When Week of the Young Child was celebrated back in April, Families First in Homer rocked the town with the sheer variety and number of events and activities offered: from playgroups and story hours to education forums and mini-workshops on parenting. They also launched Imagination Library, enrolling 140 children right off the bat.
Families First in Homer is one of 11 early childhood partnerships organized with the help of Best Beginnings. The partnerships are collaborative efforts designed to identify the needs of young children in their communities and figure out how to address those needs. It’s challenging work, but Families First in Homer is racking up successes. The collaboration of existing organizations is working well, and they offer parenting classes, lectures and workshops.
Their latest project involves working with the City of Homer and a large cadre of volunteers to add equipment and improvements to local parks, making them more appropriate for young children.
Families First is co-chaired by Bonnie Betley, a public health nurse with the Alaska Department of Health, and Lolita Brache, who teaches adult basic education classes at the University of Alaska Kachemak Bay Campus. They share some of the lessons they’ve learned, both overall and from Week of the Young Child events:
- Don’t give up. The first year, it was slow getting started. It would go in fits and starts. The group changed and shifted, there were moments when it was “oh, are we going to pull this off?” Keep bringing in new people. People have to take breaks. Don’t worry. They’ll come back. You have to honor what people can give and when they can give it. And it works out.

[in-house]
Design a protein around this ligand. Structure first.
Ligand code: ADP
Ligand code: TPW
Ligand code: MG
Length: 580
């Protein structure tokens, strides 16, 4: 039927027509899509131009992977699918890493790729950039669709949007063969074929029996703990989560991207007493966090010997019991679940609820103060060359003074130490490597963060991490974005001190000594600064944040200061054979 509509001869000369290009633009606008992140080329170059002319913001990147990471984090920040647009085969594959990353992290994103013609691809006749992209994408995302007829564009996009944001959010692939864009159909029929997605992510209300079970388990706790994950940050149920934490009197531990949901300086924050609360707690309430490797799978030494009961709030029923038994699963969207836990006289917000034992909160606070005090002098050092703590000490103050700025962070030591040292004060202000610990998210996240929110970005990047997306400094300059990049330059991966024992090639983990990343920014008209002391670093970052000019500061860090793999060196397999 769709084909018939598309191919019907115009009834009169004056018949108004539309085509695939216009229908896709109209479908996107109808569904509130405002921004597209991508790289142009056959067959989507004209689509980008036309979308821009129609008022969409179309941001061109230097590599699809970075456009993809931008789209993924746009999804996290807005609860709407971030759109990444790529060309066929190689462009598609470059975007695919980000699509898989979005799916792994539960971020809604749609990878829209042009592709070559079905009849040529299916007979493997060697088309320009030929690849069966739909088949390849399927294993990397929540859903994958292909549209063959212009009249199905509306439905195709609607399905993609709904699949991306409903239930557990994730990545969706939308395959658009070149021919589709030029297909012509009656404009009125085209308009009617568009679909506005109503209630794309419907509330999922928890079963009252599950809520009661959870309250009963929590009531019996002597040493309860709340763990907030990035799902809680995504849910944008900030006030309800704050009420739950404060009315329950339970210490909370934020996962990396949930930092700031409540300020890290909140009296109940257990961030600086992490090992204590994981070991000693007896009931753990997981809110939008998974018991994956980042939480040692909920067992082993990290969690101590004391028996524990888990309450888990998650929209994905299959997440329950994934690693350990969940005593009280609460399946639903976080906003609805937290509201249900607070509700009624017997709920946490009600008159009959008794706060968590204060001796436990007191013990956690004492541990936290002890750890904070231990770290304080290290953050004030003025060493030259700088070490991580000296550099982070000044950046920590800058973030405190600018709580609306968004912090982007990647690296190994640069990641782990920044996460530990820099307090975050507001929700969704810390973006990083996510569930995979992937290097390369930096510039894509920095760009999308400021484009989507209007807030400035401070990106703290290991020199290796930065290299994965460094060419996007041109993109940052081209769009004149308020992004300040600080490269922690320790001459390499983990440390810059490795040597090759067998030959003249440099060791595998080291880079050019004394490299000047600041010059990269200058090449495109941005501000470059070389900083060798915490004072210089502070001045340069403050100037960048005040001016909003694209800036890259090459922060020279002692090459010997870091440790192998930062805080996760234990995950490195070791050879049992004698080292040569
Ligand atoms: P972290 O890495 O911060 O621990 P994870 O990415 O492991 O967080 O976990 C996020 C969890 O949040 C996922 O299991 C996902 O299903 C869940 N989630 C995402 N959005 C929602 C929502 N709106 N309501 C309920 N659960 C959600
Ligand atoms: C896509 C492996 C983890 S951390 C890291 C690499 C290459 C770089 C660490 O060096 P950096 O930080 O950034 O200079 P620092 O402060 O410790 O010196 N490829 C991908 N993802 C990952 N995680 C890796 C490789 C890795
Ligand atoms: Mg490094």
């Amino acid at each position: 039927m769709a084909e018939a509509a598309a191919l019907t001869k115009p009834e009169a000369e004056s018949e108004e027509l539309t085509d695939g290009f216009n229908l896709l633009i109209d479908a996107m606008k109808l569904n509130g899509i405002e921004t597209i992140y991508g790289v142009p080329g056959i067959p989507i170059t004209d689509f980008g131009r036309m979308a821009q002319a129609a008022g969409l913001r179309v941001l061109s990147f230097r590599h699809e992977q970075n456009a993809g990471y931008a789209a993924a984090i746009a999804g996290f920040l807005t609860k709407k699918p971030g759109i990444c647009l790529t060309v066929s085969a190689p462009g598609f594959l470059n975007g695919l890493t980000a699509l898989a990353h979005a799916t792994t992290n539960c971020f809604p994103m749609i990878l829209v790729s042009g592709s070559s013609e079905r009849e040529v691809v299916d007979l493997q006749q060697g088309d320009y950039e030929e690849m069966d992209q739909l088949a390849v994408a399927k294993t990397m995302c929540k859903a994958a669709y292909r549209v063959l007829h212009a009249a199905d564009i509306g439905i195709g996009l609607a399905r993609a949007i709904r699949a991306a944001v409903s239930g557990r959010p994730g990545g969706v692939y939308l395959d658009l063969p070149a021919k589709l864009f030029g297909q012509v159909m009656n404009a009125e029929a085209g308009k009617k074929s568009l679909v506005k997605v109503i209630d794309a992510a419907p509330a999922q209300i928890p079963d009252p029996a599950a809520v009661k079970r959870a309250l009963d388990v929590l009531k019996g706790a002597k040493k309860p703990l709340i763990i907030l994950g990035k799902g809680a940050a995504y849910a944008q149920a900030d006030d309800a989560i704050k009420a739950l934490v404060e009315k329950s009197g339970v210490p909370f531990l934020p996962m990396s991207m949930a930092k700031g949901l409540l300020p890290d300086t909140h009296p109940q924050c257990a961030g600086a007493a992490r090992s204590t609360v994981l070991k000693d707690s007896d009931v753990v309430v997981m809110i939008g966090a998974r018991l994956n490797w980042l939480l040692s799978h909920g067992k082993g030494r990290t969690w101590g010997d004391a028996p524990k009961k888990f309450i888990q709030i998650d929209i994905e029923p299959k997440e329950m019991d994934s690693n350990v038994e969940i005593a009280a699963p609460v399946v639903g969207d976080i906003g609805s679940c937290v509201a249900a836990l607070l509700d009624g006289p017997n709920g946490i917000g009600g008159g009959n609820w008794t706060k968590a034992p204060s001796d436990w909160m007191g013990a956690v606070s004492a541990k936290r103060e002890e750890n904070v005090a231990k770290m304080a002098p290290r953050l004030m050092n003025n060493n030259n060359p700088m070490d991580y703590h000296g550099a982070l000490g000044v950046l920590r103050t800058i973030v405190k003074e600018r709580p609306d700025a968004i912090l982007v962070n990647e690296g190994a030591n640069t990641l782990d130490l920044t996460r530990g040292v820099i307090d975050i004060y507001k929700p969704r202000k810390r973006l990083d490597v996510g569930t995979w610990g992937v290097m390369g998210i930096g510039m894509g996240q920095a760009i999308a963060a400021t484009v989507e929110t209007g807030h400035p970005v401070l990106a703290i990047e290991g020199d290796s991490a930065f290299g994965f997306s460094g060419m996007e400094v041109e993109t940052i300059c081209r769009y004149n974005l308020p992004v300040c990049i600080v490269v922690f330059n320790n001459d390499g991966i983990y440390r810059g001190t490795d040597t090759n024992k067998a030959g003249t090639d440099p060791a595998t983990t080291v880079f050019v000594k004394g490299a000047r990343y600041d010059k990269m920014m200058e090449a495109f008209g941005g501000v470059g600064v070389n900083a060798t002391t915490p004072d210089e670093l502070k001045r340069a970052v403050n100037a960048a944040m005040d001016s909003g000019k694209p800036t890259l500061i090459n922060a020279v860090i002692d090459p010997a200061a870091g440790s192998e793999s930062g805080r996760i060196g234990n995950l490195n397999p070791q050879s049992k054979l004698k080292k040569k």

- If you want parents to show up, you must provide child care and not just a baby-sitter. Model what you preach by providing fun and interactive activities for the children.
- Hiring a highly organized coordinator with 10 dedicated hours a week to chase the details has been incredibly valuable.
- Go where your audience already gathers. Don’t expect parents and providers to come to you. Go to their facilities. Just because you hold it, doesn’t mean they will come.
- Plan early; publicize early and often. Families First made a presentation to the Homer City Council, posted flyers, published a column in the local paper, encouraged letters to the editor, and announced events on public radio.
Betley and Brache said Families First benefits from being part of a larger community partnership called MAPP (Motivating Action through Planning and Partnership) Southern Kenai Peninsula Communities Project. This group has done surveys and collected data that coincide with that collected by Best Beginnings. The community has identified a number of priorities for creating a healthier community, with healthier members; and agencies and individuals are developing new and better ways to work together. That’s what Families First is all about!